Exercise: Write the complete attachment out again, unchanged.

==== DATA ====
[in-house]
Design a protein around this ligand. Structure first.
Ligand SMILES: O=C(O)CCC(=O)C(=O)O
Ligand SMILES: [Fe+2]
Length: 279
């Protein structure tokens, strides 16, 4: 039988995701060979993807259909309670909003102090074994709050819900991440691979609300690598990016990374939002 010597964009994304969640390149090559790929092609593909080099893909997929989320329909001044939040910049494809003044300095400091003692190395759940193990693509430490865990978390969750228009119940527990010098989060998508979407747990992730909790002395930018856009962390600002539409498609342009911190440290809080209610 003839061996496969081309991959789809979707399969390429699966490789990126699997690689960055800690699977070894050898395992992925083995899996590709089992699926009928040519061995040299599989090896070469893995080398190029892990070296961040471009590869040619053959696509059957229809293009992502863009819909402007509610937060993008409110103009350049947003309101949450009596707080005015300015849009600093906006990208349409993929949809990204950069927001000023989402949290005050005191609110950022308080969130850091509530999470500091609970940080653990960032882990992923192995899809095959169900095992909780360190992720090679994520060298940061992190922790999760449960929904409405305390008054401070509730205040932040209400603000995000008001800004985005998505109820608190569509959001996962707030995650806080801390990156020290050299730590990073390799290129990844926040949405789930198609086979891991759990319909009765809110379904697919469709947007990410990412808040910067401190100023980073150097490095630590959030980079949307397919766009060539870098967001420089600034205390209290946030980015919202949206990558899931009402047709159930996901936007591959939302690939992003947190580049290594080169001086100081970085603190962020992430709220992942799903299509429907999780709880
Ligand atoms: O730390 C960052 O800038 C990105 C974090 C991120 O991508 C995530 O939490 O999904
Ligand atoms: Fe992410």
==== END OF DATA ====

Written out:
[in-house]
Design a protein around this ligand. Structure first.
Ligand SMILES: O=C(O)CCC(=O)C(=O)O
Ligand SMILES: [Fe+2]
Length: 279
């Protein structure tokens, strides 16, 4: 039988995701060979993807259909309670909003102090074994709050819900991440691979609300690598990016990374939002 010597964009994304969640390149090559790929092609593909080099893909997929989320329909001044939040910049494809003044300095400091003692190395759940193990693509430490865990978390969750228009119940527990010098989060998508979407747990992730909790002395930018856009962390600002539409498609342009911190440290809080209610 003839061996496969081309991959789809979707399969390429699966490789990126699997690689960055800690699977070894050898395992992925083995899996590709089992699926009928040519061995040299599989090896070469893995080398190029892990070296961040471009590869040619053959696509059957229809293009992502863009819909402007509610937060993008409110103009350049947003309101949450009596707080005015300015849009600093906006990208349409993929949809990204950069927001000023989402949290005050005191609110950022308080969130850091509530999470500091609970940080653990960032882990992923192995899809095959169900095992909780360190992720090679994520060298940061992190922790999760449960929904409405305390008054401070509730205040932040209400603000995000008001800004985005998505109820608190569509959001996962707030995650806080801390990156020290050299730590990073390799290129990844926040949405789930198609086979891991759990319909009765809110379904697919469709947007990410990412808040910067401190100023980073150097490095630590959030980079949307397919766009060539870098967001420089600034205390209290946030980015919202949206990558899931009402047709159930996901936007591959939302690939992003947190580049290594080169001086100081970085603190962020992430709220992942799903299509429907999780709880
Ligand atoms: O730390 C960052 O800038 C990105 C974090 C991120 O991508 C995530 O939490 O999904
Ligand atoms: Fe992410």